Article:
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I was initially drawn to this book because of my ghoulish affection for true crime books. But THE SPIDER AND THE FLY is miles away from the cheap paperbacks with tawdry covers that I usually pick up. This is a chronicle of an obsession with darkness by a writer laying herself bare. Claudia Rowe was a reporter in Poughkeepsie when a local man, Kendall Francois, was arrested for the grisly murders of eight women. The details of the case were exceptionally odd and Rowe managed to strike up an correspondence with Francois, playing the Clarice to his Hannibal. Besides the odd circumstances, what sets this book apart is the emotional depth. Rowe writes about how unhappy she was with her life as a younger woman, how she often felt lonely and adrift, how mortified she was by her inability to change her circumstances. She imagines that Francois often felt the same way, but tempers her empathy with moving portraits of the victims: women dismissed by the cops as drug addicts and unworthy of real search efforts. This is a book that lingers and shouldn't be missed!— Lauren
Winner of the Washington State Book Award for Memoir
“Extraordinarily suspenseful and truly gut-wrenching. . . . A must-read.”—Gillian Flynn, author of the #1 New York Times bestseller Gone Girl
In this superb work of literary true crime—a spellbinding combination of memoir and psychological suspense—a female journalist chronicles her unusual connection with a convicted serial killer and her search to understand the darkness inside us.
"Well, well, Claudia. Can I call you Claudia? I’ll have to give it to you, when confronted at least you’re honest, as honest as any reporter. . . . You want to go into the depths of my mind and into my past. I want a peek into yours. It is only fair, isn’t it?"—Kendall Francois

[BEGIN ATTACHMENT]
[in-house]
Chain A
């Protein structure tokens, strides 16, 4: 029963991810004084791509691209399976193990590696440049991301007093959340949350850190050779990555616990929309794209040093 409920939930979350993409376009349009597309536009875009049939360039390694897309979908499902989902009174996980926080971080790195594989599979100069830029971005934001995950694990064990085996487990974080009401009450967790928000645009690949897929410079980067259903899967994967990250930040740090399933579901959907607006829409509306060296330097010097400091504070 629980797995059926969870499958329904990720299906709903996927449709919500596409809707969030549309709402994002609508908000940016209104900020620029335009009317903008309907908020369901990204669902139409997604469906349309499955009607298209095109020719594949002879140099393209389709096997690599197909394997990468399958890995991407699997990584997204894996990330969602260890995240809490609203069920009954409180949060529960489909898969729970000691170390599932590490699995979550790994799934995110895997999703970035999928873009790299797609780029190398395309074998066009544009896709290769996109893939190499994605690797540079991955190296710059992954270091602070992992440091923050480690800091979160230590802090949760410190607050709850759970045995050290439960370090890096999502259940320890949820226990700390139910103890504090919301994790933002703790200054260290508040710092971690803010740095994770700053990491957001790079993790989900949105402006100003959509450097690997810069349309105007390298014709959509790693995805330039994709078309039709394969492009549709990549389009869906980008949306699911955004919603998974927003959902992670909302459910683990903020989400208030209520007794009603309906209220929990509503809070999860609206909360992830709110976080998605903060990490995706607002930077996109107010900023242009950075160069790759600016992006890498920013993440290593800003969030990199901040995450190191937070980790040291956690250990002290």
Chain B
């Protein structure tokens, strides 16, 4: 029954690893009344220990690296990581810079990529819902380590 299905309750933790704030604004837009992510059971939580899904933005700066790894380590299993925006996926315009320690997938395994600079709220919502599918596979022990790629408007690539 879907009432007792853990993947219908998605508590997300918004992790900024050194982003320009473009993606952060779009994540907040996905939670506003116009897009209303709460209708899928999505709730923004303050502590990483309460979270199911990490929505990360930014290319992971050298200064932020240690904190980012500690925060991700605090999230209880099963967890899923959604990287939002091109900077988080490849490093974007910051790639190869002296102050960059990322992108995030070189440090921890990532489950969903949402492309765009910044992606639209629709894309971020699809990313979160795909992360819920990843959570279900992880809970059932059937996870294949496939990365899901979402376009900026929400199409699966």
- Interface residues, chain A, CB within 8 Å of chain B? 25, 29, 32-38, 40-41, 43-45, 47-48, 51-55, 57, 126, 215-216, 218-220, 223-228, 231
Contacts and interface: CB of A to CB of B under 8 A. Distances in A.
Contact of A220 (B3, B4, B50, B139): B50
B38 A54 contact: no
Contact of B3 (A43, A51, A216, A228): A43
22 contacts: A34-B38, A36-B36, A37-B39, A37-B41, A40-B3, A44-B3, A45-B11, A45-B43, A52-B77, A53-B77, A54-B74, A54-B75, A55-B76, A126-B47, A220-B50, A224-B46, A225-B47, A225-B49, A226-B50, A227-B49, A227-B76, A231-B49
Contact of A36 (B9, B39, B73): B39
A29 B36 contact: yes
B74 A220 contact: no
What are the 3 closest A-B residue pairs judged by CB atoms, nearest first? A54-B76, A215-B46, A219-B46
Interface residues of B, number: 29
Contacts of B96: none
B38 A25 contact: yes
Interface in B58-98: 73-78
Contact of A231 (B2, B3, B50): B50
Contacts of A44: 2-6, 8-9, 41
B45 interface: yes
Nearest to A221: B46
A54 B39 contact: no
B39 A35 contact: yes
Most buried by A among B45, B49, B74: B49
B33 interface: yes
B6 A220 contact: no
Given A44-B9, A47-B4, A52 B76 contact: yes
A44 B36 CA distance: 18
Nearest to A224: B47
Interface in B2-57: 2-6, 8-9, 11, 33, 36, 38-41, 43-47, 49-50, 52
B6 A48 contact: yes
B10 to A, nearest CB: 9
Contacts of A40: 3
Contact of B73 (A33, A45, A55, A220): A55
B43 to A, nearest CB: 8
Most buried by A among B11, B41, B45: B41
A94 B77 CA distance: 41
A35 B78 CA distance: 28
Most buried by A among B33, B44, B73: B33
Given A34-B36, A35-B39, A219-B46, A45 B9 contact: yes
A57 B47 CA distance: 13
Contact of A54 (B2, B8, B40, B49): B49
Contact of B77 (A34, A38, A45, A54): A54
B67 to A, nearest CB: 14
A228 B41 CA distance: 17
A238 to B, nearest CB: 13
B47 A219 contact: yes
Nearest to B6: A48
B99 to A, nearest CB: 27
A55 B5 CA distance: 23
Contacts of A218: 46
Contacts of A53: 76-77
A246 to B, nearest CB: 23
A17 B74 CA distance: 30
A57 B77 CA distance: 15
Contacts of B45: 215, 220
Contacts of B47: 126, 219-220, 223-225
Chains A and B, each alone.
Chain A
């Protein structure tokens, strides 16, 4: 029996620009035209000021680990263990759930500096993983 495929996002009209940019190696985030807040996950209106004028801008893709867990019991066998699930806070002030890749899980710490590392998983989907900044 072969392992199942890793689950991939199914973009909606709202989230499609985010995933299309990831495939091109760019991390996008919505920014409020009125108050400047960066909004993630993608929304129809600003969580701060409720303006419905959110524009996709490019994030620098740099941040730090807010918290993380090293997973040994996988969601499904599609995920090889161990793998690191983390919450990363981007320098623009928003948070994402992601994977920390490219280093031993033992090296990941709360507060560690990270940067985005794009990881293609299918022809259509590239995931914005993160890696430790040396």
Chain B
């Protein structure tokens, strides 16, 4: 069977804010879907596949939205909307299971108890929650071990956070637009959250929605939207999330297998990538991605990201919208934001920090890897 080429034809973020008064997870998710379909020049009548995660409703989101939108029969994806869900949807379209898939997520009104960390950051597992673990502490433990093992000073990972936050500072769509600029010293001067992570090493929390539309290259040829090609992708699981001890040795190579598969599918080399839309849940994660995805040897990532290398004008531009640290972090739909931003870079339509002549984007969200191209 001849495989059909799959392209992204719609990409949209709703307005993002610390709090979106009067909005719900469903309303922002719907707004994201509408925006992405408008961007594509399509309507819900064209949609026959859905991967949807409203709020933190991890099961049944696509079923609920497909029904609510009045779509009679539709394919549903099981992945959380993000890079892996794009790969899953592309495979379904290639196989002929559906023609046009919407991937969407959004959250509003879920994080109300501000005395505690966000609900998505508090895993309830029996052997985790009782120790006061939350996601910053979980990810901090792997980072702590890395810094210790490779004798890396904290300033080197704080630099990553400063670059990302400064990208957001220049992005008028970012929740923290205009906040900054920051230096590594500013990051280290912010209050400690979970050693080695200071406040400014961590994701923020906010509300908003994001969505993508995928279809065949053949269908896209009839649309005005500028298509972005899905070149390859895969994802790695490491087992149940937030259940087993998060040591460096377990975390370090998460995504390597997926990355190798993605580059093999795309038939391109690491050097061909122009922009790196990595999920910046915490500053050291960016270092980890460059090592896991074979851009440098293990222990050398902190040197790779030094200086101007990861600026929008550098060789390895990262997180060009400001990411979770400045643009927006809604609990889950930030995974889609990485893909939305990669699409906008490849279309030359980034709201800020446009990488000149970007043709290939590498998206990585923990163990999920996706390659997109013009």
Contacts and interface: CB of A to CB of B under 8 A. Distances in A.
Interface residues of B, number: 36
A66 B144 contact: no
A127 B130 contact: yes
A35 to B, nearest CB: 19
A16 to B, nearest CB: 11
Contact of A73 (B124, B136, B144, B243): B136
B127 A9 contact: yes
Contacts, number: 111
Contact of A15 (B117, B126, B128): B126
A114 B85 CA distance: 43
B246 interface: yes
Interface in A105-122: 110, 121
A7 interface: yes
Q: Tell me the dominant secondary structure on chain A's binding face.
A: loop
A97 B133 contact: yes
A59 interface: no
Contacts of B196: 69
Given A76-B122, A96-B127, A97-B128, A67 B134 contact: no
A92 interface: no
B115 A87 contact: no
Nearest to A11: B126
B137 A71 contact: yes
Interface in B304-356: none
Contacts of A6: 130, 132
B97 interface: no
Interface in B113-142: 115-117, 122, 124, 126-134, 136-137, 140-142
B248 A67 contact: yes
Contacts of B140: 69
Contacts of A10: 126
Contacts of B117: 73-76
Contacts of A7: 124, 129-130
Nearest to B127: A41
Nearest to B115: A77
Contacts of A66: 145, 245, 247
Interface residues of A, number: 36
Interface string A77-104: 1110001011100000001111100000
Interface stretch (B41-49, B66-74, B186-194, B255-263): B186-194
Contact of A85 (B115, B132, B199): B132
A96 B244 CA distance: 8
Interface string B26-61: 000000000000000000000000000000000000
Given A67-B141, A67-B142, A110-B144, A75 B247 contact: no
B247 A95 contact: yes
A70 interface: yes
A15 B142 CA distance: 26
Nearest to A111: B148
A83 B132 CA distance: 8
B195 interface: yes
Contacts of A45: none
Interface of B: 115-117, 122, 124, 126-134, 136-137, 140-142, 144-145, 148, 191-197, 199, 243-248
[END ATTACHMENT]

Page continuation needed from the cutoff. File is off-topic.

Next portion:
In September 1998, young reporter Claudia Rowe was working as a stringer for the New York Times in Poughkeepsie, New York, when local police discovered the bodies of eight women stashed in the attic and basement of the small colonial home that Kendall Francois, a painfully polite twenty-seven-year-old community college student, shared with his parents and sister.
Growing up amid the safe, bourgeois affluence of New York City, Rowe had always been secretly fascinated by the darkness, and soon became obsessed with the story and with Francois. She was consumed with the desire to understand just how a man could abduct and strangle eight women—and how a family could live for two years, seemingly unaware, in a house with the victims’ rotting corpses. She also hoped to uncover what humanity, if any, a murderer could maintain in the wake of such monstrous evil.
Reaching out after Francois was arrested, Rowe and the serial killer began a dizzying four-year conversation about cruelty, compassion, and control; an unusual and provocative relationship that would eventually lead her to the abyss, forcing her to clearly see herself and her own past—and why she was drawn to danger.
About the Author
Claudia Rowe is an award-winning journalist who has been twice nominated for the Pulitzer Prize. Currently a staff writer at the Seattle Times, she has published work in numerous newspapers and magazines, including the New York Times, Mother Jones, Huffington Post, Women’s Day, Yes! and Seattle’s alternative weekly, The Stranger. She has been honored by the Society of Professional Journalists, the Nieman Foundation for Journalism at Harvard University, and the Journalism Center on Children & Families, which awarded her a Casey Medal for Meritorious Journalism.
“Extraordinarily suspenseful and truly gut-wrenching, The Spider and the Fly is not just a superb true-crime story but an insightful investigation of the nature of evil, the fragility of good, and the crooked road that can turn human beings into monsters. A must-read.”
— GILLIAN FLYNN, author of the #1 New York Times bestseller Gone Girl
“Part psychological thriller and part gut-wrenching memoir, The Spider and the Fly crosses boundaries on nearly every page. It is chilling, self-revelatory, and unforgettable.”
— ROBERT KOLKER, author of the New York Times bestseller Lost Girls: An Unsolved American Mystery
“Claudia Rowe catalogues her obsession with a serial killer so mesmerizingly that before I knew it, I too was obsessed...But this is not merely a recounting of a descent, it is equally a memoir of discovery through the lens of potential evil. I literally could not put it down.”
— Alan Cumming, author of the New York Times bestseller Not My Father's Son
“Rowe’s engaging prose means the pages practically turn themselves.”
— Kirkus Reviews
“Readers seeking a literary look at the psychology of a criminal will find much to hold them rapt.”